Horn of Africa
USAID is responding to the Horn of Africa's most prolonged drought in recent history, affecting more than 19 million people. Photo credit: YASUYOSHI CHIBA / AFP
Poor rainfall during the October-to-December deyr rainy season marks the fifth consecutive below-average season of precipitation in the Horn of Africa, contributing to continued emergency needs for vulnerable populations across the region.
Drought conditions are driving heightened displacement across Ethiopia, Kenya, and Somalia, with hundreds of thousands of people fleeing their homes seeking basic services and humanitarian assistance in recent months.
Ongoing cholera outbreaks also resulted in the deaths of nearly 200 people in drought-affected areas of the region during 2022.
Populations across Ethiopia, Kenya, and Somalia face the confluence of recurring climatic shocks, widespread food insecurity, and reduced access to livelihoods. These ongoing challenges, exacerbated by persistent conflict and resultant displacement, contribute to sustained humanitarian needs and ongoing complex emergencies. Persistent dry weather in parts of Ethiopia, Kenya, and Somalia, with four consecutive seasons of poor rainfall between 2020 and 2022, has led to the most severe drought on record in the Horn of Africa in the last 40 years. Critical water shortages in drought-affected areas have significantly undermined livestock conditions, livelihoods, and food security. Meanwhile, intercommunal conflicts in Ethiopia have generated displacement, exacerbated humanitarian needs, and impeded humanitarian access since 2018. In Somalia, ongoing conflict—related to al-Shabaab attacks and resultant military operations, as well as intercommunal violence—continues to contribute to displacement and food insecurity, while restricting access to livelihoods. Sustained life-saving assistance, coupled with interventions aimed at building resilience, is critical to help conflict-affected households meet basic needs and rebuild assets.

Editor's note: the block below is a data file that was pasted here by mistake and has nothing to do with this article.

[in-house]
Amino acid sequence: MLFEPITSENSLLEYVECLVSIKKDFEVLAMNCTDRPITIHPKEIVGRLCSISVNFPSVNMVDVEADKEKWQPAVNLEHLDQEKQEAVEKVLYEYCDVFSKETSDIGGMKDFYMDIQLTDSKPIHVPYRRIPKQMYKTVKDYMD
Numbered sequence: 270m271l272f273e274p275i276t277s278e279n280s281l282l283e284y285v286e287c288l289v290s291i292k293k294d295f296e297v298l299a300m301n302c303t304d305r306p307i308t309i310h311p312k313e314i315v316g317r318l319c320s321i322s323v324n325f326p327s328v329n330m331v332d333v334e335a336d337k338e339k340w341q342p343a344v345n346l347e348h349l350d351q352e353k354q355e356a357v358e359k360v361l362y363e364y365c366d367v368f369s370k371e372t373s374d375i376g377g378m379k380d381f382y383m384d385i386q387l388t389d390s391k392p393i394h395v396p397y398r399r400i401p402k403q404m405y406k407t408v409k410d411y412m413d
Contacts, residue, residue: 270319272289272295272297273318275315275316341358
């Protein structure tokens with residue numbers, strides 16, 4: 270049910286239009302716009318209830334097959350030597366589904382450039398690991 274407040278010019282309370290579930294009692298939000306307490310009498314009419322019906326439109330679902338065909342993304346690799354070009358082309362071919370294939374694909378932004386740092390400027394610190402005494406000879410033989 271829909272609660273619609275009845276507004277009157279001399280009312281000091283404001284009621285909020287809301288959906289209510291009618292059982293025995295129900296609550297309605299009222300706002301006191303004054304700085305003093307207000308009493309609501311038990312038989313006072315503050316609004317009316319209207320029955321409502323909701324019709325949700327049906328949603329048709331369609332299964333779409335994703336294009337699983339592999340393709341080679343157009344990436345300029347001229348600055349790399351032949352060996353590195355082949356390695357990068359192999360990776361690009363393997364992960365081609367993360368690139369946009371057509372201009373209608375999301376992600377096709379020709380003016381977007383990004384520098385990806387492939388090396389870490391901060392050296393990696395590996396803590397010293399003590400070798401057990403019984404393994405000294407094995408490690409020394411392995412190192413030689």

USAID responded to heightened food and nutrition needs resulting from drought in Ethiopia between 2015 and 2018, as well as drought in Kenya and Somalia between 2016 and 2018.